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What Can We Learn From the Business Decisions

That Created Boeing's Troubled 737 Max Airliner?. A chain of decisions resulted in the design of Boeing's newest 737 line, which has been plagued with mishaps and defects. There are some serious missteps your company could easily avoid.

By Inc.Arabia Staff
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Boeing's 737 Max is in the headlines again, thanks to a terrifying incident last week when a large door panel tore off an Alaska Airlines 737 Max 9 airliner midflight.

This was merely the latest setback for Boeing, whose Max aircraft line has been plagued with problems for many years. 

So why did Boeing's management choose to take an aircraft that first flew in April 1967 and update its design, rather than create a wholly new, high-tech airliner? 

The Frankenplane 

Designing and building airliners is an incredibly complex and expensive process. It's analogous to the challenges that many startups face, but on a billion-dollar scale--which puts heavy pressure on management decisions at every step.

Boeing created the 737 Max at least in part because of the famous "sunk costs fallacy." In 2020, Boeing's big rival Airbus was seeing success with its A320neo--a small, high-tech, highly efficient airliner designed with 21st-century fuel costs, economics, and environmental issues in mind. To compete with the new model, Boeing needed its own new aircraft. Management faced a choice: They could either design and build a new airplane or revamp an older, existing model. 

But Boeing's attempts to design an all-new, ultra-modern airliner were troubled. Its new, larger 787 Dreamliner model was delayed, expensive, and bedeviled with technical issues.

Boeing was also said to be under pressure from some of its customers to consider their own operating costs. For an all-new airline design, pilots would have to go through time-consuming, expensive training. Updating the training for a refreshed design of an existing aircraft would be cheaper and simpler. Airline maintenance costs would also be lower for an update than a new airplane, with ground teams using familiar, older equipment.

When American Airlines, a longtime exclusive Boeing customer through the early 2000s, was said to be considering ordering Airbus aircraft (in a deal that ultimately closed in 2011), Boeing's leadership chose the safer, faster, and more cost-efficient path. Or so it hoped. 

Cue the Frankenplane: the 737 Max airliner. The technology and design core of this new aircraft line was firmly based on the first 737 from the 1960s. But those elements were mixed with updated technology, in an attempt to meet the industry's current efficiency needs. Various 737 Max configurations are offered by Boeing, from the smaller Max 7, which can carry about 150 passengers, through the bigger Max 8 and largest Max 9 aircraft--which can carry well over 200 passengers, but over a slightly shorter distance.

This design conundrum of the 737 Max aircraft played a role in two infamous crashes of 737 Max 7's within a few years of the Max line's introduction. The ultra-modern engines were larger than the old-fashioned 737 design could fit, meaning they had to be placed forward of the wings. This made the aircraft potentially unstable in flight, and required a new system in the cockpit called MCAS to keep them flying safely. MCAS problems, including a serious misunderstanding of the system by some pilots, played a role in the downing of two flights, in Indonesia in 2018 and Ethiopia in 2019, leading to a global grounding of the entire 737 Max fleet.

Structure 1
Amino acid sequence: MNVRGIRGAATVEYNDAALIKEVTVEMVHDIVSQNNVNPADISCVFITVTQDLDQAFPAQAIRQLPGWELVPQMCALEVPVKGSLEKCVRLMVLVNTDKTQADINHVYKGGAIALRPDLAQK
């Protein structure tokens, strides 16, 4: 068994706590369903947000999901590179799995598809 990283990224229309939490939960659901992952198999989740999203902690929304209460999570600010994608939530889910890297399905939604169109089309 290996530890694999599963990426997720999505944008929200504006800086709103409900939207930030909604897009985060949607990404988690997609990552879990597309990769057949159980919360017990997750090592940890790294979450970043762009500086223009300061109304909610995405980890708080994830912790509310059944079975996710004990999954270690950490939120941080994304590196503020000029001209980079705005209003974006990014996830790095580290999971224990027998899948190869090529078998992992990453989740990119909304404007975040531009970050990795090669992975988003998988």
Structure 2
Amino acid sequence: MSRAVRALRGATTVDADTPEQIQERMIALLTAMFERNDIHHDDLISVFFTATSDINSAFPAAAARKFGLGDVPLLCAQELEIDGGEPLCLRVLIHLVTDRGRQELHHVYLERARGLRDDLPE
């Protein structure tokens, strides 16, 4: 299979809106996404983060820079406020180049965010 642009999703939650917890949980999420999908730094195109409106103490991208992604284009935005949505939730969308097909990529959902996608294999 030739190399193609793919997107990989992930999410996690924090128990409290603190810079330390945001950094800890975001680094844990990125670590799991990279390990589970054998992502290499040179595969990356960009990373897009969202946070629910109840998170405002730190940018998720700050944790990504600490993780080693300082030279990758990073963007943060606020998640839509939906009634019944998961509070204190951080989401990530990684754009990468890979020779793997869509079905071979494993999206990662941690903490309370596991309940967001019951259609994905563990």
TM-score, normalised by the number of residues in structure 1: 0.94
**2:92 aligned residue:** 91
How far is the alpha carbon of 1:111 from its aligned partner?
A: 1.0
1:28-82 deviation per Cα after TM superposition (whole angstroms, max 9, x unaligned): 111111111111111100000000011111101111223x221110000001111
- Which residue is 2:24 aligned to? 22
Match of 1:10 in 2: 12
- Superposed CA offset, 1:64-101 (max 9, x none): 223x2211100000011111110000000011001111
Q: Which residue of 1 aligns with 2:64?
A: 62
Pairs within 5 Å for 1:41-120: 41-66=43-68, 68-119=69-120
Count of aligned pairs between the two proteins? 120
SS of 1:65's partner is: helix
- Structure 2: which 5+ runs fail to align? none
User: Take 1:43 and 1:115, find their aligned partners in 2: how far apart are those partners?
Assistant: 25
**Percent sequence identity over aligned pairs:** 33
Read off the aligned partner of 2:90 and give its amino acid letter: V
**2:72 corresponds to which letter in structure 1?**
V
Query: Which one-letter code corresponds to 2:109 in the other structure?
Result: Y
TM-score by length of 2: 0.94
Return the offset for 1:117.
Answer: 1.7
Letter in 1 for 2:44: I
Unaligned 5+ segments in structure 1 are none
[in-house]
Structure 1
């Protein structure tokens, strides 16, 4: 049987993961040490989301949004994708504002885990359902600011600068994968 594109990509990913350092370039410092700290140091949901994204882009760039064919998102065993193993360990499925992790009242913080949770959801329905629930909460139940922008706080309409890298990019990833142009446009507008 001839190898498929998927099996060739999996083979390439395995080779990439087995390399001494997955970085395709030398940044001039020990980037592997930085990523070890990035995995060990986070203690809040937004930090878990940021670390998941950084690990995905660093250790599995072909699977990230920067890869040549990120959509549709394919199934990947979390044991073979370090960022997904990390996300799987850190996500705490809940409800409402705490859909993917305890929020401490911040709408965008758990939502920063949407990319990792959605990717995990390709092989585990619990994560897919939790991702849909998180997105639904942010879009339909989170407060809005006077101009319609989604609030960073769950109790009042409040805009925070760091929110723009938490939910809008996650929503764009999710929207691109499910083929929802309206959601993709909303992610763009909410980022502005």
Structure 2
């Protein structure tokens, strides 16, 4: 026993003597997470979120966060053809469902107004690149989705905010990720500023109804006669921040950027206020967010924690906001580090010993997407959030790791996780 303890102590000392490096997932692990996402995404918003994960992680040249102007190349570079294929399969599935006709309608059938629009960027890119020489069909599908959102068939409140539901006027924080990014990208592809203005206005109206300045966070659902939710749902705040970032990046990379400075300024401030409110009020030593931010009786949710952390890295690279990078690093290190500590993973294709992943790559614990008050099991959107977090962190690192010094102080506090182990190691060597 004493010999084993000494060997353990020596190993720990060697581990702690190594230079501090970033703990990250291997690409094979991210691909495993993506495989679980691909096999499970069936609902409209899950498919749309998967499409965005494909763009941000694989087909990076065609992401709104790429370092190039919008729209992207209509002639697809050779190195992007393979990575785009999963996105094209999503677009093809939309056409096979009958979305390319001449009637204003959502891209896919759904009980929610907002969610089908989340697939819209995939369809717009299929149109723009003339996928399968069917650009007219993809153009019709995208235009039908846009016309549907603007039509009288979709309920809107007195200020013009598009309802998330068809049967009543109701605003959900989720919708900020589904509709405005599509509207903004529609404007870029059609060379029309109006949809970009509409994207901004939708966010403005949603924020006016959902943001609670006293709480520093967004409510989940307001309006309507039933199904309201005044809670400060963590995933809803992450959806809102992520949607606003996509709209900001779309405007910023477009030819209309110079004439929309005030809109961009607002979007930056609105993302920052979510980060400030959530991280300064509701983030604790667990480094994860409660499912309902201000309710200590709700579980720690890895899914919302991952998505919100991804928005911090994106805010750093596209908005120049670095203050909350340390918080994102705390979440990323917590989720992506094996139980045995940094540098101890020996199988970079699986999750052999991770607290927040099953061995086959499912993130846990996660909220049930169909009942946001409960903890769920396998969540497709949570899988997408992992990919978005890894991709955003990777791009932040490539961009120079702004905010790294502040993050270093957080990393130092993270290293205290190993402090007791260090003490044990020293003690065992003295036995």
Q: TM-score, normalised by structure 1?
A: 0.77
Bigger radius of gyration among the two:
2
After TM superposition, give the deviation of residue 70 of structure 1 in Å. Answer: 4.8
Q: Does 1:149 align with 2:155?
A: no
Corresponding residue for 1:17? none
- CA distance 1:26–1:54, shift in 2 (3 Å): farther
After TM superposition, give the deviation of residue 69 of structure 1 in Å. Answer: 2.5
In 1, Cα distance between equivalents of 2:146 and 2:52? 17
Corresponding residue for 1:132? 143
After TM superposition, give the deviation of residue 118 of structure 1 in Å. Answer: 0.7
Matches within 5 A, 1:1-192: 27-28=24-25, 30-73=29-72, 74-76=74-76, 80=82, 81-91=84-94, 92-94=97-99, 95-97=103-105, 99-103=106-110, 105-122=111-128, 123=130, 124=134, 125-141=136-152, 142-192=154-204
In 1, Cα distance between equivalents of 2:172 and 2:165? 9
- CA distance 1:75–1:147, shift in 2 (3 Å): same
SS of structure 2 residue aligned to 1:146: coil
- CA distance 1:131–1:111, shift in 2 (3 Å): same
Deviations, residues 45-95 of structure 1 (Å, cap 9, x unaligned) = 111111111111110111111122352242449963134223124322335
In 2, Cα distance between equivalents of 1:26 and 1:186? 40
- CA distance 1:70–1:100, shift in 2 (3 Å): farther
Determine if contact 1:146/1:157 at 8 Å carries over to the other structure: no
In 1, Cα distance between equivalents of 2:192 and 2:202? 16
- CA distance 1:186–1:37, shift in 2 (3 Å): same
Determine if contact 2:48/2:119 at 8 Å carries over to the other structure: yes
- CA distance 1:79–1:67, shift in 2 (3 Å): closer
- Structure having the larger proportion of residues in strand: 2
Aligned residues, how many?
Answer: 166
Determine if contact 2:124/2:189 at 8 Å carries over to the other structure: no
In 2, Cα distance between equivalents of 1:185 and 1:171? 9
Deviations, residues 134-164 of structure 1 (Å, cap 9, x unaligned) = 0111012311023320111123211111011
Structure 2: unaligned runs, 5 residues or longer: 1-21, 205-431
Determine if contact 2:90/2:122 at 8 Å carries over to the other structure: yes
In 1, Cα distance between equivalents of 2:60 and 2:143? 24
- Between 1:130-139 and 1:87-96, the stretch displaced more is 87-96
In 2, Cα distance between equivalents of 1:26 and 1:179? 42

Management choices, good and bad

Managing a company is difficult, no matter its size. But some of Boeing's key leadership decisions around the Max design process are stunning examples of what not to do as business leaders. These lessons apply even if your company has five staff instead of many thousands. 

For example, in the aftermath of the two 737 Max 7 crashes, Boeing leadership attempted to deflect some blame onto the pilots for not following the right procedures. But Southwest Airlines and the FAA accused Boeing of deactivating a safety feature that would have told pilots a key part of the MCAS system wasn't working, and the company hadn't properly explained this.

The 737 Max crashes have cost Boeing dearly: A nearly $5 billion deal with Garuda Indonesia was soon canceled by the airline, which lost confidence in the design. The latest issues appear tied to potential quality control lapses during the production of newer, longer Max 9 fuselages. In particular, fittings of a "plug door" of the type that tore off the Alaska Airlines flight. Other airlines have now reported loose bolts in the same places. It seems that management hasn't ironed out the quality problem--accusations from Emirates airline executives suggest Boeing's construction line quality control has been a problem for a long time.

At least Boeing's leadership is, in public, taking some responsibility for its role in the latest accident. At an all-hands meeting yesterday, CEO Dave Calhoun told employees that Boeing needs to admit its mistakes. He made matters personal: "I've got kids, I've got grandkids, and so do you. This stuff matters. Every detail matters." That's good advice, and holds whether your company makes apps that a few thousand people use, or aircraft that carry millions of people through the air every single day.

Photo Credit: Getty Images.

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